Pallbearer – Foundations of Burden (2014)

In the VIP section (balcony) at Mr. Small's Theatre (Pittsburgh), February 2013

In the VIP balcony at Mr. Small’s Theatre (Pittsburgh), February 2013

EDITOR’S NOTE: for nearly two years, the Arkansas melodic doom quartet Pallbearer has been among my wife’s absolute favorite bands. I know she’d been eagerly snapping up every available bit of information leading up to the release of their second album; now that it’s been released, we listened to it together, and she had some strong reactions and opinions — so I asked whether she wanted to write something about it. So here is her review of Foundations of Burden.



PallbearerFoundations of Burden (Profound Lore Records, 19 August 2014)

reviewed by Mrs. Valley of Steel


I first heard Pallbearer in December of 2012 on accident. I was scrolling through Facebook and saw a video that someone had posted, which I thought was something else. I clicked on it, I listened and I had no idea what I was in for ultimately. I have to admit, I felt an immediate kinship to this music. For much of my life, I have felt an attachment to a darker side of my personality; I often embrace being melancholy and don’t always see it as the burden that some people do with those types of emotions. Pallbearer definitely tapped into that for me. I felt instantaneously connected to each riff and sludgy chord. I can tell you without a shadow of a doubt, this band is mainly responsible for so much of the music I have discovered in this journey with my husband over the past three years. It’s clearly felt personal to me and I am sure, with all the recent hype, that I am not the only one who enjoys dwelling in the despair.


Pallbearer at the Rex Theater (Pittsburgh), October 2013

Pallbearer at the Rex Theater (Pittsburgh), October 2013


I think what Pallbearer does best is tap into that familiar sweeping guitar tone and mucky riffs that those of us who had dads who were into The Alan Parsons Project, Yes, or — of course — Black Sabbath innately identify with. I revert back to that excitement of hearing my dad’s records in third grade for the first time. Like all good bands, they use these influences as refences that remind us of things that we are comfortable with, but you will never find yourself referring to them as a carbon copy of any particular band.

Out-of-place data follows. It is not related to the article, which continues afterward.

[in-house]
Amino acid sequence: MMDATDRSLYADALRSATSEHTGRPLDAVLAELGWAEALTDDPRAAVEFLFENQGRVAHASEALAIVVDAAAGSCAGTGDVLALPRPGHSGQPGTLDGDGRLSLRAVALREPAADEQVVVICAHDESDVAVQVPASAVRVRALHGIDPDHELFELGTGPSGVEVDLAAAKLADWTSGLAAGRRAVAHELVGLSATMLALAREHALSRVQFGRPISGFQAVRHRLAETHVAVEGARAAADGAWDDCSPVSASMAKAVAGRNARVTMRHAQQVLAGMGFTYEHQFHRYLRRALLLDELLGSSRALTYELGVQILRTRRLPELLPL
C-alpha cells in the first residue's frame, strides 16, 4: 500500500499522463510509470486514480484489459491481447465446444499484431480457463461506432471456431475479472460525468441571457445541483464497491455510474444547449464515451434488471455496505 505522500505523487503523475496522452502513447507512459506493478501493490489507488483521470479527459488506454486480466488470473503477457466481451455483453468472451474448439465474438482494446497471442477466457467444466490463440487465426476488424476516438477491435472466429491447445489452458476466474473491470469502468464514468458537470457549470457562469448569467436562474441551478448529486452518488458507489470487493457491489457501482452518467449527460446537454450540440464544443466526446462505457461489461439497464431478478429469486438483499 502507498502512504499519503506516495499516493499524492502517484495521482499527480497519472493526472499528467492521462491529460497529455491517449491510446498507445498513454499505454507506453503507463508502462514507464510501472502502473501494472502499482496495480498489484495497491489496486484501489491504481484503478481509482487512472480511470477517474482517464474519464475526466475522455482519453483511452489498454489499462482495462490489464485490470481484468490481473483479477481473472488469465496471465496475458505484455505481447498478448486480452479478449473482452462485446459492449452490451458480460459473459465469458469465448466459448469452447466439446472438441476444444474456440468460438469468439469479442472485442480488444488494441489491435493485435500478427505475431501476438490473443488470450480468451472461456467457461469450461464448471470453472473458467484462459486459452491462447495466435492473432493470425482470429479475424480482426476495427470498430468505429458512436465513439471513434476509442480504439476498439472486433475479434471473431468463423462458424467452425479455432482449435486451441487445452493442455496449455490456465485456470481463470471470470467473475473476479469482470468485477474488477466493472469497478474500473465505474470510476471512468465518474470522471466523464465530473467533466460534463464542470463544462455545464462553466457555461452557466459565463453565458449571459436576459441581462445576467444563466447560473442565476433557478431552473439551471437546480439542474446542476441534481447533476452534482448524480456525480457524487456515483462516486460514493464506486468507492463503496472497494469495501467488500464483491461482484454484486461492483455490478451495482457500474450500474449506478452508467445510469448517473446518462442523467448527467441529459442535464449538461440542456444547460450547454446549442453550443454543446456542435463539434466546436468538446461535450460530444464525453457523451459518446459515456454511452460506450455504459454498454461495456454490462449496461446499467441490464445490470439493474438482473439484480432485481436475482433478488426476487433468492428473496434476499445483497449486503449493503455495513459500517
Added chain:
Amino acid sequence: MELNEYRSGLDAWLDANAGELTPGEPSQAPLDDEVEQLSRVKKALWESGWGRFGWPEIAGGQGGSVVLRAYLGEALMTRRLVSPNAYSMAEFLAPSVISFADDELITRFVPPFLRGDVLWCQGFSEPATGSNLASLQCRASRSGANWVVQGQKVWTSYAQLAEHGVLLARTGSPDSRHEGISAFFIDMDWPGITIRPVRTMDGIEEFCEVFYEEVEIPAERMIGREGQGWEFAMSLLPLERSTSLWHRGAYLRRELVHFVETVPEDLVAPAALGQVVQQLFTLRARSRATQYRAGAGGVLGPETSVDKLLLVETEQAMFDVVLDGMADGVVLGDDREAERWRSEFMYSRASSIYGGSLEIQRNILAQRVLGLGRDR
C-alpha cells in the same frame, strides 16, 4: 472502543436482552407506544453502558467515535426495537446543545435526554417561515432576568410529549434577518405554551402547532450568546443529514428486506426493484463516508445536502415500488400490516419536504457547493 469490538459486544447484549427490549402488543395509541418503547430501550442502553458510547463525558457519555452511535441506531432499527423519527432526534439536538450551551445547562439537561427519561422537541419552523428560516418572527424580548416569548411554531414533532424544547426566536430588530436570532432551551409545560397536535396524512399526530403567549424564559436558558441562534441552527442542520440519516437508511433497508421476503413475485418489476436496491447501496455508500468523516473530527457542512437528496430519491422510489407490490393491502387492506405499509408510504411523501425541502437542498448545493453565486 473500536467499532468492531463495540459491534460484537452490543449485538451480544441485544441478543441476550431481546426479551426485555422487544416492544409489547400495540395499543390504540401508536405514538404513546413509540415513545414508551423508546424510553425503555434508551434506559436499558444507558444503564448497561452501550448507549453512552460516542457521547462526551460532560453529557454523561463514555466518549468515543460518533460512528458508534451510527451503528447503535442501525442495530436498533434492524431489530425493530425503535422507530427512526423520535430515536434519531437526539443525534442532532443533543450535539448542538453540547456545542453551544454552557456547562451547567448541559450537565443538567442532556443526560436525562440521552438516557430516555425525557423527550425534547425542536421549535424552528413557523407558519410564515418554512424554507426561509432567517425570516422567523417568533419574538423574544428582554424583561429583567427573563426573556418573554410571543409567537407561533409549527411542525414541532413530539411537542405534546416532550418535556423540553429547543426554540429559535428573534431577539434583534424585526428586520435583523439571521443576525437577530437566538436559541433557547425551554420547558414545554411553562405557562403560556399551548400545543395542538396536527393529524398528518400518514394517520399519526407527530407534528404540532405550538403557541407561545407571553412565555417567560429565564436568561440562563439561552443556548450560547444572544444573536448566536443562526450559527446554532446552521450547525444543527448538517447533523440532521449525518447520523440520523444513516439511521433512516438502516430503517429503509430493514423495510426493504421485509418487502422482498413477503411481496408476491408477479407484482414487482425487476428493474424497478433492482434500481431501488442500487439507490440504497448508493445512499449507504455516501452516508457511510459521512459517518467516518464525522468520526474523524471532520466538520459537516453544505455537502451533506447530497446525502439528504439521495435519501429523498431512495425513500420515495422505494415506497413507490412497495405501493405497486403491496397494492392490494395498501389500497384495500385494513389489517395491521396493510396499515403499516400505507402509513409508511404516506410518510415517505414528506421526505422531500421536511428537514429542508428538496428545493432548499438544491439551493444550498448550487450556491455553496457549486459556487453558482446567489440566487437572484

Their debut release Sorrow and Extinction is one album that has never failed to bring me down (in a good way) in the almost one-and-a-half years that I’ve owned it. Their songs could be easily taken at face value for sludgy and rough on the surface, then something happens on the second, third, or fourth listen where subtle nuances appear and you hear the effort behind the sound, inevitably sealing the relationship between you and the band.

Foundations of Burden, out on Profound Lore Records last Tuesday, does not shy away from any of that familiar sound that the band is known for. The band opens the album with “Worlds Apart,” and immediately you know you are right back on planet sulk. At times the track has an almost Gregorian tone which draws you in and prepares you for the wave of melancholy that is about to surround you. Right away you’re aware of just how incredible this album is going to sound. I read recently that producer/engineer Billy Anderson (whose credits include Agalloch and Undersmile, as well as classics by Sleep, High on Fire, and many others) said that this is the most guitar tracks he’s ever used with a band — and it shows. The album just shines in overall depth and sheer ability to fill a space. Hearing it for the first time I couldn’t wait to witness it live, which we will be lucky enough to do on October 23rd in Cleveland (with the amazingly talented — and VOS favoritesVattnet Viskar, and Tombs) at the Grog Shop.

Foundations is the next logical step for this band; the twin guitars are emphasized, while not shying away from the crawling-through-quicksand riffs. Brett Campbell‘s vocals are accented and not lost in any of the mix which is something that I felt like was a small (very small) downfall of the last release. It feels much more like a cohesive effort this time around. A highlight of this is track number four, “The Ghost I Used to Be,” which turned out to be my favorite on the album. The track includes a thrilling change of pace around the three-and-a-half-minute mark, shifting all of a sudden to inject an up-swing of energy into the procession, made all the more meaningful by its quick appearance. At about 6:10, you hit the apex of Brett‘s the vocals on this album which, upon hearing it the first time, gave me chills and I very nearly cried.

This burden of regret
Kindling to ignite
And a necessary end
To living in a lie
So when fires all burn cold
Leave behind a glowing husk
The ghost that I become again
Glides back into the dusk